Thursday, June 28, 2012

embracing joy: in parenting?

So here's what I've been working on: joy. In parenting. Together now: joy in parenting.

I get grumpy. I get frustrated. I get tired. I get whiney and want to quit. And the funny part of this story is, I can't just quit. Almost four years of being a mom and I still have moments where I look around to see who's in charge of those kids. The last year or so has been nudging me to this choice: have fun with parenting or not. I play with my kids and love them and sing silly songs and put all the couch pillows on the floor so we can jump and roll around. But I also get really upset trying to decide which lines are drawn in pencil and which are drawn in pen. What happens when I smudge a line?

I get bound by what I've read or seen, scraps of advice or scenes played out. I think something should work with my kids and me and it doesn't. I overthink. I freak out about potty training. I compare my kids to others. I attach my mood to whether or not my kid is polite.

And all of that takes away my joy in this really tough role.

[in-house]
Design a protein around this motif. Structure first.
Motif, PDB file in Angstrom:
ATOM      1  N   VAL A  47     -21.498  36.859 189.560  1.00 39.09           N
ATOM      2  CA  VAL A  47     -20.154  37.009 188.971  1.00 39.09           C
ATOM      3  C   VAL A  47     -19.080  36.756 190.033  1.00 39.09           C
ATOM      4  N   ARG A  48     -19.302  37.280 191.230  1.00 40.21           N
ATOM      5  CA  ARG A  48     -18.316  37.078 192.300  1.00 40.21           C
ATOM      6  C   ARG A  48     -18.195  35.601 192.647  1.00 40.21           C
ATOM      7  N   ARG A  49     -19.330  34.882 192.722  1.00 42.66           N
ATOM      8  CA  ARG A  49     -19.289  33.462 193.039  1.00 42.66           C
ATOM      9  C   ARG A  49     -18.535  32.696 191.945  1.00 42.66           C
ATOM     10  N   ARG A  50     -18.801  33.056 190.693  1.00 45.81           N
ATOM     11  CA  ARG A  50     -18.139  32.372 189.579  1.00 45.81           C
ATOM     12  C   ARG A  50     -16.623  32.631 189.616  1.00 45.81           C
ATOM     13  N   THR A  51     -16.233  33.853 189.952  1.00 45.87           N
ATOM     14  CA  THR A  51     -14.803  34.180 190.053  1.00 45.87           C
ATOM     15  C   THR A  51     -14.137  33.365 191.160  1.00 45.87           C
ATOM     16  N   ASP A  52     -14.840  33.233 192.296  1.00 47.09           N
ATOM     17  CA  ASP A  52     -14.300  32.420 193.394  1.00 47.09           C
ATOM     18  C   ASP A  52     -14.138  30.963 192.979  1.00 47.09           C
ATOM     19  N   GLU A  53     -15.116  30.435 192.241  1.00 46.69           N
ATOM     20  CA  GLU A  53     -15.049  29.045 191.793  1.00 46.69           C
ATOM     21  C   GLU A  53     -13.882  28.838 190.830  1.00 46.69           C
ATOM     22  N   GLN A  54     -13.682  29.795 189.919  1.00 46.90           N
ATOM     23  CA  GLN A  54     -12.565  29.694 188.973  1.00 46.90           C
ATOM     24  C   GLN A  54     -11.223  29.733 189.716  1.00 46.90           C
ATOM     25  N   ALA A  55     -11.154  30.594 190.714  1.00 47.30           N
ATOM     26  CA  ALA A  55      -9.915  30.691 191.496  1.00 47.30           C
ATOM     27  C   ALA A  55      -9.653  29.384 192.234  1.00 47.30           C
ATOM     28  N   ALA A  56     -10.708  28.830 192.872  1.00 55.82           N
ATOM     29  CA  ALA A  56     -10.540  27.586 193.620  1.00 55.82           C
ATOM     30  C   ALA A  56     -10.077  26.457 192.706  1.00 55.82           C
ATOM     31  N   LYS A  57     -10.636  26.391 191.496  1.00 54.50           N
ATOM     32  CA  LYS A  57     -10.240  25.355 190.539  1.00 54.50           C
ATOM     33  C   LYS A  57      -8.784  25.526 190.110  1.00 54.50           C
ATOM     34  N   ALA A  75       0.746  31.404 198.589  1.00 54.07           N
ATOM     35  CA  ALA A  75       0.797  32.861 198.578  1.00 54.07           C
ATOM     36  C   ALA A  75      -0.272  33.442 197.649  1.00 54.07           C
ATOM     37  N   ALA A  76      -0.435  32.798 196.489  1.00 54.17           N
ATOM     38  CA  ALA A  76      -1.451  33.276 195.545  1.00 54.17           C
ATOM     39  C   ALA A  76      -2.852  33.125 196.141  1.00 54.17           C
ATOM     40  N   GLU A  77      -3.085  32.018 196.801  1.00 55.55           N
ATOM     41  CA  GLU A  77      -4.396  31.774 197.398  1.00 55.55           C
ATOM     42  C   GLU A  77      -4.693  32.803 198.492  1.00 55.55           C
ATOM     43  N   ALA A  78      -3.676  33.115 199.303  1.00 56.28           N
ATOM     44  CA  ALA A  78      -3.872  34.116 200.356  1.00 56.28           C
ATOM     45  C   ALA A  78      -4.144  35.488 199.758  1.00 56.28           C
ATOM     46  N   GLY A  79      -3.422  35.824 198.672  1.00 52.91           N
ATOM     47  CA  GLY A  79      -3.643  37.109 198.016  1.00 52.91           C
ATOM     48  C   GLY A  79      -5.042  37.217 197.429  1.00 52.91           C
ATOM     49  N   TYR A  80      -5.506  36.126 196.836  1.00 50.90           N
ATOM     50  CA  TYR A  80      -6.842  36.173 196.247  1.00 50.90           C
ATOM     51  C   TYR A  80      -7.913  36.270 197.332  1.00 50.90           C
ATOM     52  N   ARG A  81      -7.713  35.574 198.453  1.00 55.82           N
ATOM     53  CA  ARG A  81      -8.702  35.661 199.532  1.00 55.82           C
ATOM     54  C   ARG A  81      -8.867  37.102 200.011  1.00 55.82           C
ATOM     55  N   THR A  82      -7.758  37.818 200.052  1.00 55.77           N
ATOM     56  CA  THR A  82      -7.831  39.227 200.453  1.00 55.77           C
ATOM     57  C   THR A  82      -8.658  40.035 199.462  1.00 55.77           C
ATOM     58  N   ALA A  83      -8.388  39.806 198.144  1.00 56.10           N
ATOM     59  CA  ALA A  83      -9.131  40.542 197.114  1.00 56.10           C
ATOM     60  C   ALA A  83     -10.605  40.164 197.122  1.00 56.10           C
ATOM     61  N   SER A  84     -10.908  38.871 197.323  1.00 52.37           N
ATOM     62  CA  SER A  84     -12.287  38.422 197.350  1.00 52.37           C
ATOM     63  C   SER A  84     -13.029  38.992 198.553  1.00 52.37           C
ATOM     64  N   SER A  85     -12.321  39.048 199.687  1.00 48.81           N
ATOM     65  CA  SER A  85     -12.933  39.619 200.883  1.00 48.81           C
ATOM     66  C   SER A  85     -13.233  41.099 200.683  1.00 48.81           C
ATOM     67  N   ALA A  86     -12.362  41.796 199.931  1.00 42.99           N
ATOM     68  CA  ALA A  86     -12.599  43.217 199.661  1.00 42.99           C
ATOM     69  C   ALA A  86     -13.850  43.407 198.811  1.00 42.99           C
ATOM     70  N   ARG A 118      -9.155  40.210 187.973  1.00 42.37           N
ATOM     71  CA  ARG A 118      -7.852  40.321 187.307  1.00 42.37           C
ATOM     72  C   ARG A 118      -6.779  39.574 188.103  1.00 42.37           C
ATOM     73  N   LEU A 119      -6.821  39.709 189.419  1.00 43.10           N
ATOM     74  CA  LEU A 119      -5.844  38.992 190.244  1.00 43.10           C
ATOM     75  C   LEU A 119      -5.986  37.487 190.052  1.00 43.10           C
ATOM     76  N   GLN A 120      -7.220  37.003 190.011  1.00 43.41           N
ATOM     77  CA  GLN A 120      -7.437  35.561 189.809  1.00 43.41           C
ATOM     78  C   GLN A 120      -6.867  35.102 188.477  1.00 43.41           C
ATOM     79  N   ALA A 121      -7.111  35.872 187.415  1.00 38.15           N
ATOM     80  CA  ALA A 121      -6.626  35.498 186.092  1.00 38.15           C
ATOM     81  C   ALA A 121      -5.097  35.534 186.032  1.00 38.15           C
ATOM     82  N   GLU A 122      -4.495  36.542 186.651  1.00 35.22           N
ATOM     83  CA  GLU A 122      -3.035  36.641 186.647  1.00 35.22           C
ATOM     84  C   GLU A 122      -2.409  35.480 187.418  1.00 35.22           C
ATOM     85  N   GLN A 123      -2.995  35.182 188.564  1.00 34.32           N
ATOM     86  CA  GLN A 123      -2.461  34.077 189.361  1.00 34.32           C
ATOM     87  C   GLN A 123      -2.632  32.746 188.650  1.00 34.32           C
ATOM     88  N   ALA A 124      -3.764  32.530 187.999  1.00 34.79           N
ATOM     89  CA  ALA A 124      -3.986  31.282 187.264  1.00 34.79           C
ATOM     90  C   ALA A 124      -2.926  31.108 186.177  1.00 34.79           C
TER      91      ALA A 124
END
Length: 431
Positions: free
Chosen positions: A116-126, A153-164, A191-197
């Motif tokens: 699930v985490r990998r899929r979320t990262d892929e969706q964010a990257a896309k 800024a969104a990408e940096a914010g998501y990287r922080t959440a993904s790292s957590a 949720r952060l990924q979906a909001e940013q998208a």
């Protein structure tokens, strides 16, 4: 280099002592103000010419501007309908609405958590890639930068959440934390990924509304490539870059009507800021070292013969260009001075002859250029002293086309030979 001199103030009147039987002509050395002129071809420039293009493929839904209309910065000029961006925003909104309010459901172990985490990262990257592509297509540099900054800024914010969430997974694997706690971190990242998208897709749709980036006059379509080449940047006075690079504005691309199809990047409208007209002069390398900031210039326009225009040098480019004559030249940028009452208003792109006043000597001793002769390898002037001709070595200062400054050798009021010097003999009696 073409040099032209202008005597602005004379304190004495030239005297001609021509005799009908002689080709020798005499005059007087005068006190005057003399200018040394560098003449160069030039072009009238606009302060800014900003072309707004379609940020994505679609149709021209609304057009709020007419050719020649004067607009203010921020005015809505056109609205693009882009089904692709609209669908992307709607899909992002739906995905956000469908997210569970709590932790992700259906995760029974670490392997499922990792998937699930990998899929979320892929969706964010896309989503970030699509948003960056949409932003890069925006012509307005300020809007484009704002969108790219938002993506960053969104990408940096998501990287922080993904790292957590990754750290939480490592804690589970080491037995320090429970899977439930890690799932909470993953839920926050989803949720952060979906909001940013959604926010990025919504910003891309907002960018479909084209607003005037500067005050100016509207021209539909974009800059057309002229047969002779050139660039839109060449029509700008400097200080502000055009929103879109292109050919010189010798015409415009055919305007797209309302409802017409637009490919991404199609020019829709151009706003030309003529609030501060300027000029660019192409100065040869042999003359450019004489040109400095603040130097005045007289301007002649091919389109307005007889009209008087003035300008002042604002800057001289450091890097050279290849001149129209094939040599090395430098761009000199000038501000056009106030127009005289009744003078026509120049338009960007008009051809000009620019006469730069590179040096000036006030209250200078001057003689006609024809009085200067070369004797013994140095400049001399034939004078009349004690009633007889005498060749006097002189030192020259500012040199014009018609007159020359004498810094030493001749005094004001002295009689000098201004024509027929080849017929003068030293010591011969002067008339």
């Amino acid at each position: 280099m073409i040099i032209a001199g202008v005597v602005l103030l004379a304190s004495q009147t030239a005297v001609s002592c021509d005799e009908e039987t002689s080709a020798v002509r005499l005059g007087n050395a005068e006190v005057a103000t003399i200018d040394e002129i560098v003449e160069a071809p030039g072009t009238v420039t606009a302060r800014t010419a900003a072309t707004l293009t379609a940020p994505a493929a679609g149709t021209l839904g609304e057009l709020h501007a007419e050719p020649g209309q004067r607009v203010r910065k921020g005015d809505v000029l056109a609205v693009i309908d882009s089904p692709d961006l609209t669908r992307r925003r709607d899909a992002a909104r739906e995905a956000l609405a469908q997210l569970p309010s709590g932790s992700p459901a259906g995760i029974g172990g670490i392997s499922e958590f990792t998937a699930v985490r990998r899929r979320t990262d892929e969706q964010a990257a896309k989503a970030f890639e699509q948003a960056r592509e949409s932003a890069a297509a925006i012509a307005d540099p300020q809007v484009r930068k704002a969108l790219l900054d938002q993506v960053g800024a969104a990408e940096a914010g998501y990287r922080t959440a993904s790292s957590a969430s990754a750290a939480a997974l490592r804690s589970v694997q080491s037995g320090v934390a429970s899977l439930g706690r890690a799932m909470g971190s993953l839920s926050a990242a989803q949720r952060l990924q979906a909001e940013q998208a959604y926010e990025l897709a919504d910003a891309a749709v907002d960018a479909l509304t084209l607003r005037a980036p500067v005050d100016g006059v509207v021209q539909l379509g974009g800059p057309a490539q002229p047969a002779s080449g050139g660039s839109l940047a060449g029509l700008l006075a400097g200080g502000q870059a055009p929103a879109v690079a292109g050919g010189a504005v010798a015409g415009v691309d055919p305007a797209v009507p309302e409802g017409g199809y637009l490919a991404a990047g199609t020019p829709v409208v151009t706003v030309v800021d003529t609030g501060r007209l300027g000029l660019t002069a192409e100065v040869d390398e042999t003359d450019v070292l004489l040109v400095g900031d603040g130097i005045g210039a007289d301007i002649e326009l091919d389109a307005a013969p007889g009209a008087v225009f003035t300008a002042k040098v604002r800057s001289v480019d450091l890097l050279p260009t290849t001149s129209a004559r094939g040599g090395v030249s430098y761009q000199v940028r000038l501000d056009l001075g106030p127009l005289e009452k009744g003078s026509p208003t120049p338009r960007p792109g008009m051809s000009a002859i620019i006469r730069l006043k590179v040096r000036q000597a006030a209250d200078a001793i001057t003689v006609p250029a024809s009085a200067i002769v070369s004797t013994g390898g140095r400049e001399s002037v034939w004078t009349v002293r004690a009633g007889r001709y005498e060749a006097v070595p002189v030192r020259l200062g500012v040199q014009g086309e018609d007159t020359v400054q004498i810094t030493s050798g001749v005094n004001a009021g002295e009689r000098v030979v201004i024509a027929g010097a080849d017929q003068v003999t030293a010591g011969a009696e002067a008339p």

I want my joy back. I want to know that Claire and Grant are matched to Justin and me with a purpose: we're the best parents for them and they are the best kids for us, each of us pushing and encouraging and building each other in this life. Each of us adding to each other's joy in this life.

I want to look at Claire and Grant and see Claire and Grant. I want to learn them and take joy in being part of their lives. I want to teach them what is important but not devolve into demanding more than they are able. I want correction to be meaningful, not petty. I want the grace to be a mom whose kids know she loves them even when they get caught or mess up or fail. I also just want to have fun doing this. Parenting is a long day. But I get to laugh and snuggle and play chase or hide; I get to read books and paint and draw crocodiles; I get to bake cookies and shape playdoh and go for slow walks along the Gulf. So let me have great joy in this, let me see the adventure in raising two kids to grow in their strengths.

And when it seems more work than play, the afternoons when naptime is too short and tempers are too cranky, when dinner is refused, when bedtime drags out an hour? Even then, I hope I can give joy a quick side hug.

Monday, June 18, 2012

goodbye farewell so long see you later

A couple weeks ago I had a really bad day. Not one thing. One thing wrong makes for a lousy afternoon, maybe, or an hour of figuring out how to think about it in a better way, what comes next. But piling thing on thing on thing: that's a really bad day. My bad day finally whittled down to thirty minutes of crying about friends I've said goodbye to. This past year I've said goodbye to four good friends, five friends if you give me a year and a couple months. That's a short chunk of time to lose daily visits or play dates or family dinners with five great women.